The world is in turmoil. The culture of hatred, violence and death is taking deep roots in our societies. Though love, forgiveness and compassion are at the core of major religions, it is, ironically in the very name of religion, that discrimination, mistrust and intolerance are being preached and practiced. The Islamic State continues to spread its reign of terror targeting innocents with no plausible reason and with regular frequency. Regrettably, these attacks have occurred in countries of Europe, which magnanimously sheltered thousands of refugees from Middle East and Africa. The height of ingratitude was that many terror attacks were carried out, reportedly, by these refugees themselves or by the second or third generation refugees. There are perhaps deep-seated hurts, which give rise to desire for revenge, but, as usual, it is the politicians who create the problems with innocent paying the price. After suicide squads creating havoc and taking away lives, now, innovative methods are used with heavy vehicles plowing through crowded streets, mercilessly mowing down blameless and unsuspecting pedestrians. Mercifully, we, in India have been spared such slaughter or perhaps we need to be thankful to our intelligence agencies and security forces.
Mistrust or a certain antipathy for “outsiders” or “migrants” is deeply rooted in human consciousness. Protection of identity, of demography and interests of a clan or people of a State and the constant fear of being marginalised or being reduced to a minority are the major concerns or reasons for the growing resentment against migrants, not only abroad, but even in India. This issue gets aggravated when job opportunities for locals recede as people prefer employing outsiders be it because they are better workers or they are prepared to settle for lesser wages or even to appease vote-banks. This aversion to outsiders is prevalent in many parts of our country and Goa is no exception, as was witnessed on Wednesday last at Merces, where a bunch of brutes, with past criminal records shamed Goa, known otherwise for the docile and hospitable nature and refined manners of its people. While the Police cannot anticipate such incidents, it is never untrue that goons and anti-socials find encouragement and support in their closeness to law enforcers and politicians and the certainty that no much harm will be done to them. The punishment to these rogues should be such that, not only they but others too, will not dare indulge in such acts giving Goa a bad name and damaging further our tourism which is the bread and butter of many of our people.
Apart from such sporadic, but grave incidents, what is indeed worrying is that we do not seem to learn any lessons from our own past experiences nor from what is happening around the world and could be replicated here, if we are not careful enough and are bent in going ahead with crooked ideologies and political and unacceptable agendas, which will ultimately divide the people and create additional problems, like unemployment, loss of livelihood, unrest and strife. These are already being seen in many parts of the country. The Dalits and the farmers are already up in arms, for very good reasons. They feel discriminated or marginalized. Instead of dousing these fires, the Government, the politicians and fringe elements seem to be opening other fronts which may eventually plunge the country into a communal cauldron and unbelievable chaos.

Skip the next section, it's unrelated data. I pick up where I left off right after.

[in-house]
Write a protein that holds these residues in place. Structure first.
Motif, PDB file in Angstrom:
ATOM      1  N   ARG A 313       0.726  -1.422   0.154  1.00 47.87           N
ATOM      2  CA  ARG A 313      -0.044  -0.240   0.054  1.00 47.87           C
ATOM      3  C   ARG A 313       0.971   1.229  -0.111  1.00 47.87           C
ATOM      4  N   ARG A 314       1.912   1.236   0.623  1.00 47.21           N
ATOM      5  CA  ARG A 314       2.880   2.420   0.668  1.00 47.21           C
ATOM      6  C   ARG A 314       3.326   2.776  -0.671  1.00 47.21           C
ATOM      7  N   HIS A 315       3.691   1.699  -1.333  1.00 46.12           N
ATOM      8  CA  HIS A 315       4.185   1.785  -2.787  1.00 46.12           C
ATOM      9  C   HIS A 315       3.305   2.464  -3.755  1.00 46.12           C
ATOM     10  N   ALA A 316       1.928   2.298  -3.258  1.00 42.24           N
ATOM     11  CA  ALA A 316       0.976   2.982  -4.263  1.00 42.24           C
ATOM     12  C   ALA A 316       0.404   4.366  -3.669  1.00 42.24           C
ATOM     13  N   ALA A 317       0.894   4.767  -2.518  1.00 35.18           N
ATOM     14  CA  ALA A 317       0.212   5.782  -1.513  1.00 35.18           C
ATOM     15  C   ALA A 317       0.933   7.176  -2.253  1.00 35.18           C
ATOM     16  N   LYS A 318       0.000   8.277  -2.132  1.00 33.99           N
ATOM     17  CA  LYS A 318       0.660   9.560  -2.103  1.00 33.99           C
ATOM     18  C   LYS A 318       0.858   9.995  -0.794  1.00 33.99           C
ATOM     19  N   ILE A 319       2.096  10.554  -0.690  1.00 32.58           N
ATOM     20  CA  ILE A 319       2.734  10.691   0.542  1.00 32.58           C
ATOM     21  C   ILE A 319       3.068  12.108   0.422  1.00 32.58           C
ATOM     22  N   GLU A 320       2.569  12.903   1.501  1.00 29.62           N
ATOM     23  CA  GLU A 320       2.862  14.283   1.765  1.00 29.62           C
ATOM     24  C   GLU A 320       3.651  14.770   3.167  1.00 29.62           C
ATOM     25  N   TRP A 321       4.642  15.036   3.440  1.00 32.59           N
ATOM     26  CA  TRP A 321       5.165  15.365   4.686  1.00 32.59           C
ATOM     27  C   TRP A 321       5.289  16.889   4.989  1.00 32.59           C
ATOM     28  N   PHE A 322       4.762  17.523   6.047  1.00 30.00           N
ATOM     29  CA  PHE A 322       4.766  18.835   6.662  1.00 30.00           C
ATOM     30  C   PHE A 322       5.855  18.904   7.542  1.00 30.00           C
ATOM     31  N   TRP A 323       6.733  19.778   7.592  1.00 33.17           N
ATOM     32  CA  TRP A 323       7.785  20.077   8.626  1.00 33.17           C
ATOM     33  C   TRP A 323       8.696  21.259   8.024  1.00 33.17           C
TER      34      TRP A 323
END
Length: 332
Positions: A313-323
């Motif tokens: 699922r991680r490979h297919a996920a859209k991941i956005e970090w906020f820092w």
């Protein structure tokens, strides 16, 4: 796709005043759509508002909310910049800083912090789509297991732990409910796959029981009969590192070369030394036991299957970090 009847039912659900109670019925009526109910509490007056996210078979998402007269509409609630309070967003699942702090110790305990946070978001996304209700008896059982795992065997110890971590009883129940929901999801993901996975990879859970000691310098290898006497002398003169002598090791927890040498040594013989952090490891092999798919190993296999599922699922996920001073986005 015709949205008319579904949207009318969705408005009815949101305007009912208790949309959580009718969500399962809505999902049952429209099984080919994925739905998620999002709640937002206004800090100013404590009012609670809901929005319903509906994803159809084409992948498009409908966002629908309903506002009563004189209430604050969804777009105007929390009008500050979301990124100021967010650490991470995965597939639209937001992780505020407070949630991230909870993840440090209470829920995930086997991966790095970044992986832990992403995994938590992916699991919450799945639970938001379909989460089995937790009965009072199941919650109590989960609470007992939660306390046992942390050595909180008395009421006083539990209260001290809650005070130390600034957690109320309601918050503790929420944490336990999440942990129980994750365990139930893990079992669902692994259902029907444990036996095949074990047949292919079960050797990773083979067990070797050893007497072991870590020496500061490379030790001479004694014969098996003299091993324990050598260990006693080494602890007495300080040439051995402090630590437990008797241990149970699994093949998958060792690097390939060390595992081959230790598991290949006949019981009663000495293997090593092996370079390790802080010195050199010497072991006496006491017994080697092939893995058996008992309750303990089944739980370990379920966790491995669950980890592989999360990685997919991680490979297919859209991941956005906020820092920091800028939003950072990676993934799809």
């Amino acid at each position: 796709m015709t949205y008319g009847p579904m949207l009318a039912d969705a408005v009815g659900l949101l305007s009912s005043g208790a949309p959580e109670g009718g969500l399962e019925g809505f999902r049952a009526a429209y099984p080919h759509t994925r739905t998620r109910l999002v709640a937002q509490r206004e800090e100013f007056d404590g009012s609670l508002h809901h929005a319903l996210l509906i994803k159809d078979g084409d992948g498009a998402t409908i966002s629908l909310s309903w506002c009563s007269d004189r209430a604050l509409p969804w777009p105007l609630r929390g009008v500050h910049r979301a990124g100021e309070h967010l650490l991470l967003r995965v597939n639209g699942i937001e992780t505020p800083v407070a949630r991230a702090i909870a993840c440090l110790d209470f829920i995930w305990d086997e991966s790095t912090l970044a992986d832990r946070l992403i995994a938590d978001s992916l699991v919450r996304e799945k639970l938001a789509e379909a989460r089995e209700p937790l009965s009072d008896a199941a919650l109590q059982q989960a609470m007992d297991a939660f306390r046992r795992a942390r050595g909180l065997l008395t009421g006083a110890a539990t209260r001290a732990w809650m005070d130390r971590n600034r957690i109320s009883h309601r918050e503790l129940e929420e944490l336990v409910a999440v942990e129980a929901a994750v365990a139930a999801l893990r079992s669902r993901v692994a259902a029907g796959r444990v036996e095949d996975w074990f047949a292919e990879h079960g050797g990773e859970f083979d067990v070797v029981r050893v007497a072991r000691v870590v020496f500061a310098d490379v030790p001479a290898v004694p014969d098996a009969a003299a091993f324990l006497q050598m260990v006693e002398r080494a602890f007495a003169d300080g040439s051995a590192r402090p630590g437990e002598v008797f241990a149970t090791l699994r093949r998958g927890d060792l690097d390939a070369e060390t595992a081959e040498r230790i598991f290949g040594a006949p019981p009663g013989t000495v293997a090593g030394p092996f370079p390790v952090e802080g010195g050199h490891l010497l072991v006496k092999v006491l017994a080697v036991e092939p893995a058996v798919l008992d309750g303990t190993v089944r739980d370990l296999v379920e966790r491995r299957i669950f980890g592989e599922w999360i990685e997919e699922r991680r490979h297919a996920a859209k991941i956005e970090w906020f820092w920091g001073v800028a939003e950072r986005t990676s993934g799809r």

In an “extraordinary” yet thoughtless and senseless notification, the Centre has banned the sale of cattle for slaughter in animal markets, hurting not only millions of poor farmers, who depend on non-milch and ageing cattle for their livelihood but also squeezing supplies to India’s one lakh crore meat, leather and other industries, which source 90% of their requirements from animal markets. It may be noted that only 30% of slaughtered cattle is used for meat consumption and export, whereas 70% is used in industries manufacturing buttons, toothpastes, paint brushes, etc. While there was hardly any resistance to banning cow slaughter, in deference to religious sentiments of many in majority community, extending the ban to other bovines is being considered a proxy war against Muslims and Dalits, who will be the worst affected by the new rules and an indirect support to cow vigilantism, which has made many innocent victims in the country.
As if the anti-minorities rants by various fringe elements, including some BJP stalwarts and legislators, were not enough, the Hindu Janajagruti had its Convention for the sixth consecutive year in Goa, perhaps with the tacit support of the party in power, as is suspected by the indulgence shown towards the outrageous speech made by Sadhvi Saraswati at the meet. If calling upon Muslims and Christians to either do a ghar-wapsi or leave the country, asserting that her organisation will not be held back by the Constitution of India and requesting the Centre to hang beef eaters in public is not a hate speech which calls for arrest, what is it Mr CM? Praveen Togadia of VHP too had made an atrocious hate speech against Christians & Muslims in Goa, during Congress rule and the Government took no cognizance of it. Today, the Congress can well file a complaint and ask for registering an FIR against Sadhvi instead of expecting Parrikar to do it, which it surely knows he won’t.
Amid all this insanity, voices of reason have been raised by 65 top ex-bureaucrats in an open letter to PM, expressing a sense of deep disquiet at the happenings in the country and deprecating the climate of intolerance and vigilantism aimed particularly at Muslims. It is to be hoped that the PM will introspect and take corrective measures, before it is too late…
(The author is a retired banker)